Asset Management is Not a Full-time Job
Integrated asset management solutions prove key to efficiency.
Integrated asset management solutions prove key to efficiency.
By Jim Wenninger
How does your organization manage its equipment, attachments and tools? For many companies, it's a full-time job. In some cases, it may even be two or three full-time jobs.
Managing technology assets should never require dedicated administrative staff because software solutions allow all organization members to view and update equipment-related information in real time-whether they are in the field or in the office. These solutions aren't offered for convenience-they are part of a trend to maximize efficiency in the competitive business environment.
Over the past decade, the need for asset management solutions has increased. Labor has become more expensive, so contractors are using more equipment. As a result, contractors have more equipment than they did 10 years ago-and more assets to keep track of. In addition, the economy demands that contractors streamline all of their processes, including asset management, to become more efficient. Those who don't adapt are the ones most likely to struggle.
For some companies, managing assets means assigning an administrative staff team to update white boards containing hand-written notes for each piece of equipment in a contractor's fleet. For others, asset management means creating multiple Excel spreadsheets with information. Too often, each spreadsheet showcases someone's customized color-coding system, which no one else in the organization seems to understand.
Other products have been developed to help contractors keep track of their tools. Some systems assign bar codes to each tool in a contractor's inventory. When the bar code is scanned, the user is provided with basic information and notes about that particular tool-mostly for the purpose of keeping maintenance schedules.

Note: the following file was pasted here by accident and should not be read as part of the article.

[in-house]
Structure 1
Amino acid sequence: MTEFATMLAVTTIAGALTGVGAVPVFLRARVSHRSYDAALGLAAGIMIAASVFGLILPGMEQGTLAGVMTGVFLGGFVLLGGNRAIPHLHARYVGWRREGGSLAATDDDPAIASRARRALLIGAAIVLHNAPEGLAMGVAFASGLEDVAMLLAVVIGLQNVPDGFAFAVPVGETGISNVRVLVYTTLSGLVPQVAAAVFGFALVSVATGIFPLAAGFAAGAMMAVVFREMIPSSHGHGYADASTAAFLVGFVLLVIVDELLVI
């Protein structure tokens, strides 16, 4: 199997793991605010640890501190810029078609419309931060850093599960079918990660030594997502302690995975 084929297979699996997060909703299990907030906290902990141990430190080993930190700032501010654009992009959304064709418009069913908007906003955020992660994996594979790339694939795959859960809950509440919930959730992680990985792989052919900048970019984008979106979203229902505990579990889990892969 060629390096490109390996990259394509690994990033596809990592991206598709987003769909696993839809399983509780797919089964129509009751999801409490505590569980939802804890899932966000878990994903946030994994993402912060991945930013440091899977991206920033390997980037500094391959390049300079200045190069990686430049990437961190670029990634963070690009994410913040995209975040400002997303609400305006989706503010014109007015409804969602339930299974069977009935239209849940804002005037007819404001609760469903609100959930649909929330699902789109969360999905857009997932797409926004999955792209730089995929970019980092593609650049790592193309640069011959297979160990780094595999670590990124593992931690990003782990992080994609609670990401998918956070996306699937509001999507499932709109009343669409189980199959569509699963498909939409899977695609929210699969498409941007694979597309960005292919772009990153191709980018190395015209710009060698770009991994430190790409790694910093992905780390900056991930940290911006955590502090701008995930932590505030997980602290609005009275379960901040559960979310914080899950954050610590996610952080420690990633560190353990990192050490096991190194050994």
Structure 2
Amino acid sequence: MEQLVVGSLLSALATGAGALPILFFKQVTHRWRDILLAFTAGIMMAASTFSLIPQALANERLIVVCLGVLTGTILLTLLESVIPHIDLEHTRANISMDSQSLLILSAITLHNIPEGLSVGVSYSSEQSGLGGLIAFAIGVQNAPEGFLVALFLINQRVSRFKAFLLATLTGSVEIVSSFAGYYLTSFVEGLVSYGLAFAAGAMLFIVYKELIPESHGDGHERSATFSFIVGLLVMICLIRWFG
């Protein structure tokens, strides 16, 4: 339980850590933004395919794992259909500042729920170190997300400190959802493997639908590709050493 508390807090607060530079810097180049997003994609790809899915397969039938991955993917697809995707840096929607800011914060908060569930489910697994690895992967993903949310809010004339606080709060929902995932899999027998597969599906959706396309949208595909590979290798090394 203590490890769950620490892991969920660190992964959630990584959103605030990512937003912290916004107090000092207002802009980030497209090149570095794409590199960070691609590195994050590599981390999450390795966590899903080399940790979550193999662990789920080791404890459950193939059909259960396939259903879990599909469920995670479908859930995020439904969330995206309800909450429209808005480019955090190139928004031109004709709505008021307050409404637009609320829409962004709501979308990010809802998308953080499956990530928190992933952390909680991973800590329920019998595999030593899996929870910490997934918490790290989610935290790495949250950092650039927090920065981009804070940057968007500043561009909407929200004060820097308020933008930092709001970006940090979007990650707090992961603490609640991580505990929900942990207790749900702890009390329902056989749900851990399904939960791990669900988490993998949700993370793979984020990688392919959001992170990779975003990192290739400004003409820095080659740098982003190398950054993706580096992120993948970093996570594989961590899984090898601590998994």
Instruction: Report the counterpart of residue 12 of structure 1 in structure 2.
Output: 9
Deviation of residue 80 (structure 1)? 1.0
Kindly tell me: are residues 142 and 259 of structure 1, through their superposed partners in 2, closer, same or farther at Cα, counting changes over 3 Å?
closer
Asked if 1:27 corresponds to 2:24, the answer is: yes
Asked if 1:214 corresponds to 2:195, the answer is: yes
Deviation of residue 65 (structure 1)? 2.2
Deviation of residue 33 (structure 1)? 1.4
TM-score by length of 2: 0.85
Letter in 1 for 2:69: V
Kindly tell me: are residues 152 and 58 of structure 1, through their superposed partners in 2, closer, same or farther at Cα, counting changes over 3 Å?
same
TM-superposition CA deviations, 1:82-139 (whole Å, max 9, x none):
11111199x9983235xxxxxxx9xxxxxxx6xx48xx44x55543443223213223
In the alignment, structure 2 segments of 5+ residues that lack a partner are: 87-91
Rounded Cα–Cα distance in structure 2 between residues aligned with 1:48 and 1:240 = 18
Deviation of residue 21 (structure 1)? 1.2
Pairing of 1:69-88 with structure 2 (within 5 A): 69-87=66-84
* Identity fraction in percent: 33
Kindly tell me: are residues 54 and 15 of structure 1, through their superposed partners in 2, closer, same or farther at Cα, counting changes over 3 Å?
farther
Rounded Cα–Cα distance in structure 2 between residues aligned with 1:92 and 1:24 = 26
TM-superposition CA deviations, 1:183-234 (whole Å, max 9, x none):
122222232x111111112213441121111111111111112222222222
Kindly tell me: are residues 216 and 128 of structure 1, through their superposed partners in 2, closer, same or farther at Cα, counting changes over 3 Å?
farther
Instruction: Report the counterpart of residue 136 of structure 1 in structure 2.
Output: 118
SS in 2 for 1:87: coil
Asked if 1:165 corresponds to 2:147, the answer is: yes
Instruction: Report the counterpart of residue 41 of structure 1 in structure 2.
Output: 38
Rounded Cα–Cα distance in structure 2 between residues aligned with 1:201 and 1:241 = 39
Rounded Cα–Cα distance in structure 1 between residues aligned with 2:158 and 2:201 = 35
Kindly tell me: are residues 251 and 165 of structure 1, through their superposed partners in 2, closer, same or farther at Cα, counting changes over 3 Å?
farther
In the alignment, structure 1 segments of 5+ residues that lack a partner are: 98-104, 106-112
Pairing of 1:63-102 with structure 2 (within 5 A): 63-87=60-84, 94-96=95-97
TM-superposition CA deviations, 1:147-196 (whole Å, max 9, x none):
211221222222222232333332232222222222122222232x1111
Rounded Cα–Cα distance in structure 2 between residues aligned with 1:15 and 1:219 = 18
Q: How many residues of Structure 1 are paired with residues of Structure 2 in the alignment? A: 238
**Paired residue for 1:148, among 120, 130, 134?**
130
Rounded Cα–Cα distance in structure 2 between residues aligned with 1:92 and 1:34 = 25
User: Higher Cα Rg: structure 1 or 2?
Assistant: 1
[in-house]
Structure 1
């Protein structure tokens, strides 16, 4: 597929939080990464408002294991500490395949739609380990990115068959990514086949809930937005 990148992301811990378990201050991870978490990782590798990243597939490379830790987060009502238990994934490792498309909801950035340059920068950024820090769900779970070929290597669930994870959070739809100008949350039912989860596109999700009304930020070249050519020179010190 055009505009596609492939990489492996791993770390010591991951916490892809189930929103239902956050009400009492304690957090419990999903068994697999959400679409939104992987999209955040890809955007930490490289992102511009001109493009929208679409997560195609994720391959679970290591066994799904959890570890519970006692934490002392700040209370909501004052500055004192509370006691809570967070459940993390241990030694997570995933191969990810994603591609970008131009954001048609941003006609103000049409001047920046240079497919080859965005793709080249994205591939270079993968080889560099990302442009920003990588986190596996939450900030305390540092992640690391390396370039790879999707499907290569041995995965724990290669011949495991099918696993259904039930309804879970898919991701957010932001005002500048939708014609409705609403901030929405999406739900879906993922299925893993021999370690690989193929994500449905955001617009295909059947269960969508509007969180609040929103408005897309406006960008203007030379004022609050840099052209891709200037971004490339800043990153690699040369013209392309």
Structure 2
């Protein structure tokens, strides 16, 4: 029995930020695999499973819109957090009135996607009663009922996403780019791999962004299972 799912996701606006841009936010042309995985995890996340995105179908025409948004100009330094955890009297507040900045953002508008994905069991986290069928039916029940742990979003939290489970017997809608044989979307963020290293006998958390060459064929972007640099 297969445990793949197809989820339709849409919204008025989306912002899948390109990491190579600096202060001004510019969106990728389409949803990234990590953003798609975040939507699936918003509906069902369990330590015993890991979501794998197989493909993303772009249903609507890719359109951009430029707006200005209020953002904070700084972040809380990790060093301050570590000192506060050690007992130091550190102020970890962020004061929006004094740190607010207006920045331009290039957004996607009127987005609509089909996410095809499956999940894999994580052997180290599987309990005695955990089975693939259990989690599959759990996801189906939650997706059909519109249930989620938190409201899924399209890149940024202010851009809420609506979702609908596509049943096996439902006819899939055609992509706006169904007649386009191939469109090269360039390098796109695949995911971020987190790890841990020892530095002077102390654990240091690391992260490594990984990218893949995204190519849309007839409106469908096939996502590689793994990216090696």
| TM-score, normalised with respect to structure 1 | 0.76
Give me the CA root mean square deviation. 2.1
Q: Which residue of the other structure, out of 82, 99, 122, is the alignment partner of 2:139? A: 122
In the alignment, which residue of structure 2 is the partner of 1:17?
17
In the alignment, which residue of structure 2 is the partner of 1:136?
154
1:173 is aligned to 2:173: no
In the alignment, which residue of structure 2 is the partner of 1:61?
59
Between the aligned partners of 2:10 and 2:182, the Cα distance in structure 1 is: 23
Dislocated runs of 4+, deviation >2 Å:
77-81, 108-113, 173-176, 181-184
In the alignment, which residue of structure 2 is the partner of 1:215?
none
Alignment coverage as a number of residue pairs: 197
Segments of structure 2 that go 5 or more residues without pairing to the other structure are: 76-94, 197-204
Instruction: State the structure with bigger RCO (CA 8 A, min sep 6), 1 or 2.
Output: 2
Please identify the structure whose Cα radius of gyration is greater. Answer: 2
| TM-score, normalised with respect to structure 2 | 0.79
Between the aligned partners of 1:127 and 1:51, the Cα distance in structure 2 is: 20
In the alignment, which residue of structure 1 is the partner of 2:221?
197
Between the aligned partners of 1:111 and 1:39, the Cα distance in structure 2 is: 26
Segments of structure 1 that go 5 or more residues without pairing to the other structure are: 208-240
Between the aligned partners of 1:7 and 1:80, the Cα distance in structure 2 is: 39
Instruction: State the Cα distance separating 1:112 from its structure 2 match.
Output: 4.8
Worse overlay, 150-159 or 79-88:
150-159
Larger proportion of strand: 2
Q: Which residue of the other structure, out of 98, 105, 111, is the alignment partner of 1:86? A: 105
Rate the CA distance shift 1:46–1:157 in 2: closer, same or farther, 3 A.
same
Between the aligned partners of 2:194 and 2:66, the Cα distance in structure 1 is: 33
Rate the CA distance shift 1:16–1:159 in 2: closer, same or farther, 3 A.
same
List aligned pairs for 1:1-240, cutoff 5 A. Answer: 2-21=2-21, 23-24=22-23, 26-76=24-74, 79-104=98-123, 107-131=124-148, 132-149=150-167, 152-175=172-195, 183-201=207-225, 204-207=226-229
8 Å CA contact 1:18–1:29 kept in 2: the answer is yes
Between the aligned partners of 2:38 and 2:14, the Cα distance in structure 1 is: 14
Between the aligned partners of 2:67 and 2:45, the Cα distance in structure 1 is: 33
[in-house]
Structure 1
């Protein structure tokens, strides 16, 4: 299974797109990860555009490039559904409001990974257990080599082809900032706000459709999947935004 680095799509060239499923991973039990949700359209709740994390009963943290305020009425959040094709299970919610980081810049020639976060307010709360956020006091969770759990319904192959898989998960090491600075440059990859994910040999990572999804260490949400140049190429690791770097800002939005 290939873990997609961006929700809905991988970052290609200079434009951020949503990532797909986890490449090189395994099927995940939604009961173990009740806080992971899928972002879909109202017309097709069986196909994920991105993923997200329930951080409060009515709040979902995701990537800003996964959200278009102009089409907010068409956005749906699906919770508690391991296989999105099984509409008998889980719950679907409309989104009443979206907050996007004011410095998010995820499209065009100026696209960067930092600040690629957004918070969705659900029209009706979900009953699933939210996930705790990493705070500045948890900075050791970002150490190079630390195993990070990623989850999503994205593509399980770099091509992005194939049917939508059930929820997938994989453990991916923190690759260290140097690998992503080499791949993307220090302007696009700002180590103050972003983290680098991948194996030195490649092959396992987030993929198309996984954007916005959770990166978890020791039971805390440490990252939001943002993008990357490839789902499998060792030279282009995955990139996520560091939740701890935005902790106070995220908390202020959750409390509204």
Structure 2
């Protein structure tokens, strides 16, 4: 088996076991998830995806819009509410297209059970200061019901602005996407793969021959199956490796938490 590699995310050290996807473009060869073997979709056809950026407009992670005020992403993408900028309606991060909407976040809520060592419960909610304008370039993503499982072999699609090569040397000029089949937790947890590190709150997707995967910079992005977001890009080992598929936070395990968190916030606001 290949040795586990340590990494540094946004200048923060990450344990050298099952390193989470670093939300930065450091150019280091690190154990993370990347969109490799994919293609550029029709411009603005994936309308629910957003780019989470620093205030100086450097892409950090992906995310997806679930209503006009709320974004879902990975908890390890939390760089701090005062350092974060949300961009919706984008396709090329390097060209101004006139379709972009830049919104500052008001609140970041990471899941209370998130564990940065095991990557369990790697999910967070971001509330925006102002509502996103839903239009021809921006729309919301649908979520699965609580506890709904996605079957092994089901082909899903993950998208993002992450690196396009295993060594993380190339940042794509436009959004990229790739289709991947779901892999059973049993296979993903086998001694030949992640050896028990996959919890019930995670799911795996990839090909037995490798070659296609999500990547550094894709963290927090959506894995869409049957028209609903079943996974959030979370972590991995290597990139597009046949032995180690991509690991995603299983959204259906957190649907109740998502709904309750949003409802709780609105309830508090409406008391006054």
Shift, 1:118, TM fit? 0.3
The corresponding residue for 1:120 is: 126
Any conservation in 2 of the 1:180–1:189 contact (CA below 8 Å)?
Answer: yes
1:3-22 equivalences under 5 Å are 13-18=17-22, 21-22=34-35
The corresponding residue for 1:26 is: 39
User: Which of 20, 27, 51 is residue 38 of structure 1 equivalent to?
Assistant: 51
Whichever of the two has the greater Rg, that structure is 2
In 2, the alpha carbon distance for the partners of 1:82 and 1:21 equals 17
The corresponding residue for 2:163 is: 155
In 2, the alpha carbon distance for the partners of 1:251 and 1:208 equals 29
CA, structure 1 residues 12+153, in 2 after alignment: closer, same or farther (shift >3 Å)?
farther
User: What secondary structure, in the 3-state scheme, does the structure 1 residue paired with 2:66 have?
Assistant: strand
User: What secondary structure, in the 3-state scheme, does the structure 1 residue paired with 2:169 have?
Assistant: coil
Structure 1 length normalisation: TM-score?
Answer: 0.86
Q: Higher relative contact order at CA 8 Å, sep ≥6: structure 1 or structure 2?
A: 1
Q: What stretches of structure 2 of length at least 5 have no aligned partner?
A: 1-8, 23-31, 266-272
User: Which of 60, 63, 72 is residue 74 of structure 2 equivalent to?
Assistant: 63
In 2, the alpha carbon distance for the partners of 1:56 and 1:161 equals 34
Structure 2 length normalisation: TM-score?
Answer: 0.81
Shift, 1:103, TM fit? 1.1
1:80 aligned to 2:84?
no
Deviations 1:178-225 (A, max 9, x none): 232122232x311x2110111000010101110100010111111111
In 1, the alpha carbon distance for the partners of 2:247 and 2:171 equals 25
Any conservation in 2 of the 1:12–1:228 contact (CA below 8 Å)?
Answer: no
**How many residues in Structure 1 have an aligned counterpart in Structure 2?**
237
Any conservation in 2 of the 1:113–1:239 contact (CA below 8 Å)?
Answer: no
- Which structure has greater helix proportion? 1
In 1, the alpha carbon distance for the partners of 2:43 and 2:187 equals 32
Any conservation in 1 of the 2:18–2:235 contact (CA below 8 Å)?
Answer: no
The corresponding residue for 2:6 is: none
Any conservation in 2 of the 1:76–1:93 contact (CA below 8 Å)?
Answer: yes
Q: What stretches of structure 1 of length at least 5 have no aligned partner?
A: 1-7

The current trend, however, calls for fully integrated asset management solutions with capabilities beyond that of any white board, spreadsheet or tool tracker. It isn't easy to explain the full potential of these systems without giving a live demo, but there are new developments that contactors should know. And, these features could be the difference in getting a job or losing out to the competition.
One of the most obvious benefits of an asset management system is time savings. As mentioned earlier, white boards, Excel spreadsheets and other standalone solutions often require a dedicated administrative staff to keep information current. If a change is made to a piece of field equipment, someone in the office has to update their notes. A change often requires office personnel to update multiple databases, and, throughout the course of a year, many hours are wasted on redundant data entry. What is the cost if the asset is lost or misplaced? Time wasted tracking it down or buying new is expensive.
In an efficient asset management system, there is no administrative staff assigned to update equipment records. Instead, all employees have access to one database that contains information about the entire fleet. If a worker moves a backhoe from one jobsite to another, the system can be updated from a wireless device. If someone from the shop completes a truck oil change, a record can also be made of that. All of the information is real-time, so everyone can see the latest updates when they are made.
New software also has made it easier to enter new equipment into the database. If a contractor purchases multiple machines of the same model, for example, the specifications will automatically populate for multiple entries, helping further reduce redundant work. Features such as this reduce the needed keystrokes to enter information and maintain the database.
Another trend in asset management is to record the features and capabilities of fleet equipment and use the information to make smarter dispatching decisions. A backhoe record, for example, will indicate the machine's digging depth, its available attachments and other similar information. When needing a piece of equipment, workers now can perform quick searches to identify a machine that most closely matches their job specs.